Ryan Jones, is known for his contemporary realist paintings, which refract current modernity through historical lenses, re-contextualizing archival imagery as a method of presenting new stories. 온라인카지노
Jones, a self-taught oil painter, worked as a matte painter for George Lucas on a number of Hollywood films.
As a result, his eye for cinematic intrigue aided in the formation of a particular lens through which he viewed the world.
Jones’ shattering and reassembling of the subject matter alludes to both the unrelenting passage of time
And the preservation of cultural memory, with references spanning multiple decades in film, advertising, and media.
Jones’ talent at painting for the silver screen is reflected in his works’ dazzling highlights and controlled depth.
His characteristic use of a divided canvas (reminiscent of storyboards made for scripts or screenplays) also allows unrelated scenes to build towards a greater narrative.
Ryan Jones spoke with Artwork Archive about his creative process, his career in Hollywood, and how he uses Artwork Archive to manage his ongoing success.
You can view more of his work on Discovery and learn more about it below.
What was the nature of your creative education (formal or informal)? Did you find a formal education
Such as an MFA, vital for your artistic progress, or did you find it elsewhere?
The most important aspect of any education is the relationships you form with your peers.
That is what sticks with you and helps you later in life.
I minored in art at Stanford and took summer classes at CCAC.
My specialty was computer graphics at the time, and I just had a few of basic painting classes.
Years later, I began painting again. From then on, everything was self-taught through trial and error.
Hundreds of paintings and thousands of hours later, it doesn’t feel like it was learnt anywhere—the style and process merely grew over time.
It is critical to get out and about, see art in public places, and interact with other artists.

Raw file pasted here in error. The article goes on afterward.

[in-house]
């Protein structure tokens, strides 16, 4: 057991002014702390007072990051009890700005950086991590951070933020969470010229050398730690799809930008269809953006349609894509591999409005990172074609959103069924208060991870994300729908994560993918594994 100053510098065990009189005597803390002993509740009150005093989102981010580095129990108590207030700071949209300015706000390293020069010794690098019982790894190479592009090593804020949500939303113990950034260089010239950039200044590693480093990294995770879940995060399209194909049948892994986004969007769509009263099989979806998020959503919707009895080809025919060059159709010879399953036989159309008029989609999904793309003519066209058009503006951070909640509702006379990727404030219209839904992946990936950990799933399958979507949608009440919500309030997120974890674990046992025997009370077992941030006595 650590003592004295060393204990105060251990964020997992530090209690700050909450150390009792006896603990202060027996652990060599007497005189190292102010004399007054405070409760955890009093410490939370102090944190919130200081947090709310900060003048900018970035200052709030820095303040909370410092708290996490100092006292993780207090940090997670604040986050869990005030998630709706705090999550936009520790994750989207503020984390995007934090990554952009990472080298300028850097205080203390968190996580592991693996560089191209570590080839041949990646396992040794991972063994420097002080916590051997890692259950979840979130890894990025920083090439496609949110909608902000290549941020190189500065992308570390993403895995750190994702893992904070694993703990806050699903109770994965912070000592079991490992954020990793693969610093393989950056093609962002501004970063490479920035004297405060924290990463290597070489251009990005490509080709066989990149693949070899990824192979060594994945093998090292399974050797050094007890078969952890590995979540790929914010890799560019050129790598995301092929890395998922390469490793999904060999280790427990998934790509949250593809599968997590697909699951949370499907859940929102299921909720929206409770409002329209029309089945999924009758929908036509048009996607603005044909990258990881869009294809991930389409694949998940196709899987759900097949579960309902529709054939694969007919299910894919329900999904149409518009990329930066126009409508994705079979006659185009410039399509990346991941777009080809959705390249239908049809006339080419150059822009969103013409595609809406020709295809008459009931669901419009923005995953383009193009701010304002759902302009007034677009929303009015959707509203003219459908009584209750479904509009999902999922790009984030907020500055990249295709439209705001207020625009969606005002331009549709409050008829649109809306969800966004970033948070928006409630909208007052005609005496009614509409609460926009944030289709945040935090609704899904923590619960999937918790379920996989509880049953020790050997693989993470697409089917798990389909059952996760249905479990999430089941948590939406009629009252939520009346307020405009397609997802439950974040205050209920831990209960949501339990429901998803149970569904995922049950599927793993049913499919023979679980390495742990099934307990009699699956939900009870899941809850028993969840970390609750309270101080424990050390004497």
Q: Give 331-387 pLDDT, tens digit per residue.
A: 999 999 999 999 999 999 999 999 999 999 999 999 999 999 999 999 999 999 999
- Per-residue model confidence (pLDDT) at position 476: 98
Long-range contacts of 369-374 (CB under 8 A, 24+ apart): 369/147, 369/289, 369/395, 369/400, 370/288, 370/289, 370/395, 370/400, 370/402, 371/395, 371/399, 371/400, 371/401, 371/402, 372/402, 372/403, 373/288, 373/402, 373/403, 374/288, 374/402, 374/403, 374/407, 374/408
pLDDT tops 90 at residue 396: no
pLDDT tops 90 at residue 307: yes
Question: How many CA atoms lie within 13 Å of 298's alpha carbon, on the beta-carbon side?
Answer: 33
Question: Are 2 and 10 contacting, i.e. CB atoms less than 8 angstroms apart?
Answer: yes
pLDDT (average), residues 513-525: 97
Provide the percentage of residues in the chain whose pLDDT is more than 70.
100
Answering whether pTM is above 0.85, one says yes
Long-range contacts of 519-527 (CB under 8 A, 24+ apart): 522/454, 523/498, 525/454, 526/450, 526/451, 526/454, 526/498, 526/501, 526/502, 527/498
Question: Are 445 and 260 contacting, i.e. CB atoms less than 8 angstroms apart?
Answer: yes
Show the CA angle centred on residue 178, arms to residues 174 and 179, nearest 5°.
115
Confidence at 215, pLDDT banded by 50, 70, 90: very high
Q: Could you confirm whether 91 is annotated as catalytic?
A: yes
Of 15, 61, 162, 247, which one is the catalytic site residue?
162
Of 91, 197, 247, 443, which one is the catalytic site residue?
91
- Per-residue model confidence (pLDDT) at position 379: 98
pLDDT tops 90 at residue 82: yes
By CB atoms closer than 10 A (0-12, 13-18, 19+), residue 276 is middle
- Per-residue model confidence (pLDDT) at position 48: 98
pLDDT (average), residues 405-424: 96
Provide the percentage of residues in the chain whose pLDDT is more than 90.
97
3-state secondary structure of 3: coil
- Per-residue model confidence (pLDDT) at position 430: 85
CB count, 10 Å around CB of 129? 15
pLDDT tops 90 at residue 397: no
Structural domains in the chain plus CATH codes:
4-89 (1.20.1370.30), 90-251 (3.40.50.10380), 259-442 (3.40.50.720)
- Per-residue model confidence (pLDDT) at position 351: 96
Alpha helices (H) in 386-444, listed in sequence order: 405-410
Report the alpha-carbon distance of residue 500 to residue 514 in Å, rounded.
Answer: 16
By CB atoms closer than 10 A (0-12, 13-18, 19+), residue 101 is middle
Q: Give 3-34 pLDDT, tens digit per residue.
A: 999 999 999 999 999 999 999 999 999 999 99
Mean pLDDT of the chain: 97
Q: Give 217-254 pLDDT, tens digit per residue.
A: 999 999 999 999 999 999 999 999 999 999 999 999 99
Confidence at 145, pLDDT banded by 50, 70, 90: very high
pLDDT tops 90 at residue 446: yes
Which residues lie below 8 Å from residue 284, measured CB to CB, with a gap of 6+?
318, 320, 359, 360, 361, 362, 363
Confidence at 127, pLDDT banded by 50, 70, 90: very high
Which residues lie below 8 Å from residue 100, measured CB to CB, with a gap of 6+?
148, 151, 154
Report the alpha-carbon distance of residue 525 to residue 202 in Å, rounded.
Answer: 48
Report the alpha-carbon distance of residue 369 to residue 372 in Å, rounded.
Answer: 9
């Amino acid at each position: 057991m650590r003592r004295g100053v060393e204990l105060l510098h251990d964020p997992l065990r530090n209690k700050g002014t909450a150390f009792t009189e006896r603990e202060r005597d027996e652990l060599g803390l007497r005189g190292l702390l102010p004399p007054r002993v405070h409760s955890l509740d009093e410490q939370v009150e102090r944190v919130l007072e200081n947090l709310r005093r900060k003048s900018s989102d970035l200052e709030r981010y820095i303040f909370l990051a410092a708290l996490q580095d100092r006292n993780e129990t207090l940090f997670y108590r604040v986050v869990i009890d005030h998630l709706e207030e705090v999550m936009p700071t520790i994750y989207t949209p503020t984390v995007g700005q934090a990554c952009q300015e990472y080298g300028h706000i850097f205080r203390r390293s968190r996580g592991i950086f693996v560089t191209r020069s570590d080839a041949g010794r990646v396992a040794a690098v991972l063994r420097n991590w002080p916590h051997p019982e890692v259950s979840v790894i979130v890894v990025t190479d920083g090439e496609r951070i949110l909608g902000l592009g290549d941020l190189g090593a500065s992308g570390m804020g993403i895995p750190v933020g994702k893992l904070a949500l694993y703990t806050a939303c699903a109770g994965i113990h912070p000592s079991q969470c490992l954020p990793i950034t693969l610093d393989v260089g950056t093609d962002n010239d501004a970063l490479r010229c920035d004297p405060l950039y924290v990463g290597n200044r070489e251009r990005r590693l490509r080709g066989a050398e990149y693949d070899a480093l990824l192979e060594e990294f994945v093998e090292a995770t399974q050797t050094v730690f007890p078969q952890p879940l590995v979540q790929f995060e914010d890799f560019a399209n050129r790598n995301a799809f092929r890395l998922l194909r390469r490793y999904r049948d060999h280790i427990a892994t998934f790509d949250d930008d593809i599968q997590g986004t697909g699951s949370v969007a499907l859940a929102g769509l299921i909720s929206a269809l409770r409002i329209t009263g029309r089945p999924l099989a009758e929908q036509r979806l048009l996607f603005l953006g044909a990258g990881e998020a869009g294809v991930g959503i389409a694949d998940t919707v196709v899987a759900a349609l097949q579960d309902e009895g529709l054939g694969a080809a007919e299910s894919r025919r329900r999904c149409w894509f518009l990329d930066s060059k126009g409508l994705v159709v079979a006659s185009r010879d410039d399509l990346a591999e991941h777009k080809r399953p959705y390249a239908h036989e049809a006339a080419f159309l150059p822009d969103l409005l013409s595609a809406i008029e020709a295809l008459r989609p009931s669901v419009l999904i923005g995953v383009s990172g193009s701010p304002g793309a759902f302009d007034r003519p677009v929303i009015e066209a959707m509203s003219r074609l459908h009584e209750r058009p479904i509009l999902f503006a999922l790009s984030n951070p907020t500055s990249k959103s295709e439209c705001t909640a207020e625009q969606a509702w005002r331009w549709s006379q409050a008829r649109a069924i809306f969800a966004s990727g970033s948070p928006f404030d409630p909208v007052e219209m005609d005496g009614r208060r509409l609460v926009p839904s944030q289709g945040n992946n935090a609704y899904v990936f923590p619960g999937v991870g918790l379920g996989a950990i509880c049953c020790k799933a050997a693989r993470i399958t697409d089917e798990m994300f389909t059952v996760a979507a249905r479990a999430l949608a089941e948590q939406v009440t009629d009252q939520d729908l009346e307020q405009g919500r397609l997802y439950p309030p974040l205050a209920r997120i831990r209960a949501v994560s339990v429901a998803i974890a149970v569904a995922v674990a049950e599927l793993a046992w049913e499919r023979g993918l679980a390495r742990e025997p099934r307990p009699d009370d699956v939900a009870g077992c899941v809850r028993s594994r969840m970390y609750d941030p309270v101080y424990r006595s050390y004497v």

The more exposure to classes, teachers, history, books, galleries, and museums, the better. 카지노사이트
When I graduated from college in 2003, digital special effects were becoming increasingly prevalent in Hollywood films.
As a Bay Area native and lifetime Star Wars enthusiast, I was familiar with Lucasfilm and Industrial Light & Magic (ILM).
I became increasingly interested in working there, and with the growing use of computers in the VFX business, mixed with my passion of art, a job in that field seemed a natural fit.
During my junior year in college, I interned at Pixar. This provided additional fuel to the flames.
Following graduation, I was hired as an entry-level Technical Assistant at ILM, and that’s where it all began.
Many years later, I’ve worked as a Technical Director, Matte Painting Artist, and Senior Generalist Artist on over 40 feature films.
All of them are distinct disciplines that employ digital special effects and talent to create cinematic enchantment on the big screen.
Ryan Jones, How has your time in Hollywood influenced your artistic practice?
The goal in the film industry (especially with visual effects) is usually to make the production appear realistic.
So you start looking closely at things like reflections, specular highlights, and how varying lighting affects shapes.
While I do not want to be a photorealist in my personal creative practice, elements of that method have undoubtedly influenced my eye and work.
It’s probably most noticeable in my paintings with close-ups of cars and items.
Other cinematic aspects that can surely be applied in the painting domain include composition, framing, hazing, focus, and vignetting. 카지노 블로그